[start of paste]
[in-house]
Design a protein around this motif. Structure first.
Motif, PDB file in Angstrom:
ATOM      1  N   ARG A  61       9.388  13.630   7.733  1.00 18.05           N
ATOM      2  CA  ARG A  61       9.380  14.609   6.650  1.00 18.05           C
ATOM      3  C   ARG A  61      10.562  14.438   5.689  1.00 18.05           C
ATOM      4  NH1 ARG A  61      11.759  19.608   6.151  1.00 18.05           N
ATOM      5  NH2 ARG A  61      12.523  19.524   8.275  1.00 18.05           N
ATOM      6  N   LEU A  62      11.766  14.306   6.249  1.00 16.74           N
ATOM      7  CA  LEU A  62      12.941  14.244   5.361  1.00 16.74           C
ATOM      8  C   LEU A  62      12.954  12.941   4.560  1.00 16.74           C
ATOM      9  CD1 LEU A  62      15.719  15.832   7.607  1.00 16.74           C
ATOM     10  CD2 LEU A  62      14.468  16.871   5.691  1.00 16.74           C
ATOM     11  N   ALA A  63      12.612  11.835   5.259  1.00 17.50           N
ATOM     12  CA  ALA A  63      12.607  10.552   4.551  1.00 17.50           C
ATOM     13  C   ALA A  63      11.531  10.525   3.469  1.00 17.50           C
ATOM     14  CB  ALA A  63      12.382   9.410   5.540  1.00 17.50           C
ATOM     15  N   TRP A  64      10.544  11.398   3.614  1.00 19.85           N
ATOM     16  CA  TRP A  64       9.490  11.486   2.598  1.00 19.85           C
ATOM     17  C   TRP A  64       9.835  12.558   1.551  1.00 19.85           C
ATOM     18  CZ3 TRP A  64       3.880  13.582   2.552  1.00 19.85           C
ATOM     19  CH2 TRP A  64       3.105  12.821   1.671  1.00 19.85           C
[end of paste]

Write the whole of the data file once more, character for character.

[in-house]
Design a protein around this motif. Structure first.
Motif, PDB file in Angstrom:
ATOM      1  N   ARG A  61       9.388  13.630   7.733  1.00 18.05           N
ATOM      2  CA  ARG A  61       9.380  14.609   6.650  1.00 18.05           C
ATOM      3  C   ARG A  61      10.562  14.438   5.689  1.00 18.05           C
ATOM      4  NH1 ARG A  61      11.759  19.608   6.151  1.00 18.05           N
ATOM      5  NH2 ARG A  61      12.523  19.524   8.275  1.00 18.05           N
ATOM      6  N   LEU A  62      11.766  14.306   6.249  1.00 16.74           N
ATOM      7  CA  LEU A  62      12.941  14.244   5.361  1.00 16.74           C
ATOM      8  C   LEU A  62      12.954  12.941   4.560  1.00 16.74           C
ATOM      9  CD1 LEU A  62      15.719  15.832   7.607  1.00 16.74           C
ATOM     10  CD2 LEU A  62      14.468  16.871   5.691  1.00 16.74           C
ATOM     11  N   ALA A  63      12.612  11.835   5.259  1.00 17.50           N
ATOM     12  CA  ALA A  63      12.607  10.552   4.551  1.00 17.50           C
ATOM     13  C   ALA A  63      11.531  10.525   3.469  1.00 17.50           C
ATOM     14  CB  ALA A  63      12.382   9.410   5.540  1.00 17.50           C
ATOM     15  N   TRP A  64      10.544  11.398   3.614  1.00 19.85           N
ATOM     16  CA  TRP A  64       9.490  11.486   2.598  1.00 19.85           C
ATOM     17  C   TRP A  64       9.835  12.558   1.551  1.00 19.85           C
ATOM     18  CZ3 TRP A  64       3.880  13.582   2.552  1.00 19.85           C
ATOM     19  CH2 TRP A  64       3.105  12.821   1.671  1.00 19.85           C